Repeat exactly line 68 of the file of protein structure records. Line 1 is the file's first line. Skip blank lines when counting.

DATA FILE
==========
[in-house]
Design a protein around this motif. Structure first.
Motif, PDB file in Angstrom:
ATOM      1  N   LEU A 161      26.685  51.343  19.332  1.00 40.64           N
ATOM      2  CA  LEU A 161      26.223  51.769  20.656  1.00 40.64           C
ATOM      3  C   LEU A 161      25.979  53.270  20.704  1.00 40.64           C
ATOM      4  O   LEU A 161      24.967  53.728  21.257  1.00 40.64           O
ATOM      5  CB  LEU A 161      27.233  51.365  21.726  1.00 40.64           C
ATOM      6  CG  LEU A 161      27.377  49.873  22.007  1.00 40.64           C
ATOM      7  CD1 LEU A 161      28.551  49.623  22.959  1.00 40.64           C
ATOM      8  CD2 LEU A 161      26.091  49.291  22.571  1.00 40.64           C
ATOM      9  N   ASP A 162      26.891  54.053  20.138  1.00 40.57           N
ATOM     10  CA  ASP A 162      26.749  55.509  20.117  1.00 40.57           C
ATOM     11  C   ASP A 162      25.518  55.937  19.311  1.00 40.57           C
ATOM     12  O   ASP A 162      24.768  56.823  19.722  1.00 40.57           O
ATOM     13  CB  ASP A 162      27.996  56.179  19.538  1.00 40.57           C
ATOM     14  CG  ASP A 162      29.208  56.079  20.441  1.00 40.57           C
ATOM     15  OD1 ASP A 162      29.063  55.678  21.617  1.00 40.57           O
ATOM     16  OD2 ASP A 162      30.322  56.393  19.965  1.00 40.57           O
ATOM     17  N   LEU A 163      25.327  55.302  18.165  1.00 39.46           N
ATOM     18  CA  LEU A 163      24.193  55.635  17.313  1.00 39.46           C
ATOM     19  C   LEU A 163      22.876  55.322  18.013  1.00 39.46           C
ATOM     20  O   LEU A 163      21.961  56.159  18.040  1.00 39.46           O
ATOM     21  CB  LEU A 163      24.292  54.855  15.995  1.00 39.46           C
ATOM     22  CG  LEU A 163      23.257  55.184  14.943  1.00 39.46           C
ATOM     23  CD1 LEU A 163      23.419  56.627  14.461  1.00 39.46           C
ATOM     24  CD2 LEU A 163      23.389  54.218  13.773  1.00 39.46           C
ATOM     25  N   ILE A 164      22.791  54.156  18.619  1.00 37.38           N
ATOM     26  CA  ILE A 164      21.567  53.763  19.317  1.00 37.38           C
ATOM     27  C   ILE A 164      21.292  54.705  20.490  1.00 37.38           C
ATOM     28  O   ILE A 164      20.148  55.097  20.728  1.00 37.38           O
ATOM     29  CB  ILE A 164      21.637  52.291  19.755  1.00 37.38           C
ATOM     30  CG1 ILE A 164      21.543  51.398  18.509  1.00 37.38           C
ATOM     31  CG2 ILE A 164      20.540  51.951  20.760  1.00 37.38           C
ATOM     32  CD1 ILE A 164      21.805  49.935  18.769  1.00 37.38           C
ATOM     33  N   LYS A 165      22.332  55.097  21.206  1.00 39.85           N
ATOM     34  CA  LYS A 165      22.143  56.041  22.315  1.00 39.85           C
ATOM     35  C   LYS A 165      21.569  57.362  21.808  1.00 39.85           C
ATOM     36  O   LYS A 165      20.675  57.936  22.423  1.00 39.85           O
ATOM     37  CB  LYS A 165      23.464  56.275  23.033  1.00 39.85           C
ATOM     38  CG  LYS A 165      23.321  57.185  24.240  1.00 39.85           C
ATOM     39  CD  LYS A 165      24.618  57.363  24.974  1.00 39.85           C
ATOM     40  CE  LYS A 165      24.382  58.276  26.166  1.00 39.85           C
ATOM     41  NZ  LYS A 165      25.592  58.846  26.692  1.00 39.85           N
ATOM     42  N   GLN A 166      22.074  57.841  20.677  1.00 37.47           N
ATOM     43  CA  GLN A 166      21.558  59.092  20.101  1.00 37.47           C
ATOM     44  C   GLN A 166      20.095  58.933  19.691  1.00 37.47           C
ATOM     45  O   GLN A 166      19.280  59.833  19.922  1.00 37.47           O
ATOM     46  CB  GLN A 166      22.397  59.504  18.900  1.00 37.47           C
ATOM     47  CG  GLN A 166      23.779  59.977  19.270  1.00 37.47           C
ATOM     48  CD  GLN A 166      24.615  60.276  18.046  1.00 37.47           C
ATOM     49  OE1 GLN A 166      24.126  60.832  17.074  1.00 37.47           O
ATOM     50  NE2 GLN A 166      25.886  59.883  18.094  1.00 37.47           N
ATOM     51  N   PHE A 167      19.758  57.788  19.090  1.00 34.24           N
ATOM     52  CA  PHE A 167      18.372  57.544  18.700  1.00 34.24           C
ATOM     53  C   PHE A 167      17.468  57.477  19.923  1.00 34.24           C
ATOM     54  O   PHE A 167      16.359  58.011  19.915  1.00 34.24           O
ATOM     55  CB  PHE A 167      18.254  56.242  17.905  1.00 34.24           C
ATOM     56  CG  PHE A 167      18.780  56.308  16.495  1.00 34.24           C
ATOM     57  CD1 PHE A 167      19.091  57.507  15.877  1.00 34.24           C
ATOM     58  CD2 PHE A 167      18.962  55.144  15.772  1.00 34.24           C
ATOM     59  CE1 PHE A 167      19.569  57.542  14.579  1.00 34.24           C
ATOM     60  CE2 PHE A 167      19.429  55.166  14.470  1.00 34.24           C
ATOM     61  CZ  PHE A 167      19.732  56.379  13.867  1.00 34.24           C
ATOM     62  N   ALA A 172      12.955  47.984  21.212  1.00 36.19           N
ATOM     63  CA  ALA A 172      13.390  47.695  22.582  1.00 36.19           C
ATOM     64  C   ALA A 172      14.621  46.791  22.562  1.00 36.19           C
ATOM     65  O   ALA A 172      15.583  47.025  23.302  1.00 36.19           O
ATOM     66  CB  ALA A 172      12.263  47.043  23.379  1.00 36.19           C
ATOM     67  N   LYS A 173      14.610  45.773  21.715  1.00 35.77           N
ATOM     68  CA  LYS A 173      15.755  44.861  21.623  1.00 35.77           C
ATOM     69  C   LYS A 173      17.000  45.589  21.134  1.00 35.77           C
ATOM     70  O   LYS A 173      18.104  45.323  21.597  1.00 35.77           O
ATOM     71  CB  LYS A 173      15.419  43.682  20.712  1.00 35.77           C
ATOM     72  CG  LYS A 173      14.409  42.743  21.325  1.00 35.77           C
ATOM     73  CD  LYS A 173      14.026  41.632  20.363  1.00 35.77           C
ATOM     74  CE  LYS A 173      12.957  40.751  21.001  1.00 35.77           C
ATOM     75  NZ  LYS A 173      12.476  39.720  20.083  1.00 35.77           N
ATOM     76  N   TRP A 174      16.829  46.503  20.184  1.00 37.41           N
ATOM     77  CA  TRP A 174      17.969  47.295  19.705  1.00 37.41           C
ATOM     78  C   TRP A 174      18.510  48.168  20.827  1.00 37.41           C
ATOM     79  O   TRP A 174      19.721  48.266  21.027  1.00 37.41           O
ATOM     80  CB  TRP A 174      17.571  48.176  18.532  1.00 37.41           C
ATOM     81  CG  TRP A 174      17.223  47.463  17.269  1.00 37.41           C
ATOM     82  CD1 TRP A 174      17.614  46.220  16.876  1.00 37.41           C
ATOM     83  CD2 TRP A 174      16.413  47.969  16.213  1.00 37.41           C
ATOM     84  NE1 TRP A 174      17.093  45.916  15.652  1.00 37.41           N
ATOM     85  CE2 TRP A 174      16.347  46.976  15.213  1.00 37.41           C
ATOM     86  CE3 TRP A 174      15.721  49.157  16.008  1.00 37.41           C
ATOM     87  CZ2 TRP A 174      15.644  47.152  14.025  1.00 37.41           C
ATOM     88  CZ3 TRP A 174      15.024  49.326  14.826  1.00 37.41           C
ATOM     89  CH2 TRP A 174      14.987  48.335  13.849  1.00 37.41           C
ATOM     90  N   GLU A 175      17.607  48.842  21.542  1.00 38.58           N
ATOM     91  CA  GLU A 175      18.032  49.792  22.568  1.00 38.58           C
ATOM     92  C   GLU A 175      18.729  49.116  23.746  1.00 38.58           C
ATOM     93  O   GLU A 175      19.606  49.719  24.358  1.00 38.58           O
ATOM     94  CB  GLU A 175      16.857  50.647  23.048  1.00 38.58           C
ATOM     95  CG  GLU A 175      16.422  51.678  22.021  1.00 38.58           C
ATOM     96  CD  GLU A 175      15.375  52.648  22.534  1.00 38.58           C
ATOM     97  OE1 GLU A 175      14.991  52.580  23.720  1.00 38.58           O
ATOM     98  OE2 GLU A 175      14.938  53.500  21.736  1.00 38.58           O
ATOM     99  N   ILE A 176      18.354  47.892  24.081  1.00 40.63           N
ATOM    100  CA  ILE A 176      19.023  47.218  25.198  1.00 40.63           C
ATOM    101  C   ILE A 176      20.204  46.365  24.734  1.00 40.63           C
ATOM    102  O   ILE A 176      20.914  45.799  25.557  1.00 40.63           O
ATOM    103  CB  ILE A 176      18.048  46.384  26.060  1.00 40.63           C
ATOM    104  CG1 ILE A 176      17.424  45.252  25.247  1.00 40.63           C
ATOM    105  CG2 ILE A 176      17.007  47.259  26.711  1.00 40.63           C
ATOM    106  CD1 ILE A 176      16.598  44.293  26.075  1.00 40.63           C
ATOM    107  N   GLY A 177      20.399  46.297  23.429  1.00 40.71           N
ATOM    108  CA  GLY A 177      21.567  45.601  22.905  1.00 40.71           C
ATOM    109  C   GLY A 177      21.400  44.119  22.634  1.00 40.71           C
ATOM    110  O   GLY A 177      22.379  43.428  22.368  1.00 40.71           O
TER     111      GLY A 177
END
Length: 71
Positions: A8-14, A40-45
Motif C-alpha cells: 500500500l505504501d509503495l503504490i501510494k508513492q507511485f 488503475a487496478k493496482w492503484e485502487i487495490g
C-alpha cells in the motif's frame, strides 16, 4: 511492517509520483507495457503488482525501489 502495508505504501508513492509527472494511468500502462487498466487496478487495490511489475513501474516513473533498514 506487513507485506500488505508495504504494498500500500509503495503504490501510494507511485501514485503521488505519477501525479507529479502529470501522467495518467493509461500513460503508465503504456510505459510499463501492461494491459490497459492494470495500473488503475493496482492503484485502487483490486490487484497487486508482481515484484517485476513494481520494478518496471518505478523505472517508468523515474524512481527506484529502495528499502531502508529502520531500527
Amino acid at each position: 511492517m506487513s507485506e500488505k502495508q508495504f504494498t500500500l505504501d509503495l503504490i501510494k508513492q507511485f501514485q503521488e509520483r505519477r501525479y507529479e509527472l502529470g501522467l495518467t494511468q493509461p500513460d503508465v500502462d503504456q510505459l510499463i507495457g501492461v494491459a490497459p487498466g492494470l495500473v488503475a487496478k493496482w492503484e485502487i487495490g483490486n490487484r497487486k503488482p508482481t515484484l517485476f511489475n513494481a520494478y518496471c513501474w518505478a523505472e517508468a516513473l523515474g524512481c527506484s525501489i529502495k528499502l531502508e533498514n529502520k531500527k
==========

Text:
ATOM     65  O   ALA A 172      15.583  47.025  23.302  1.00 36.19           O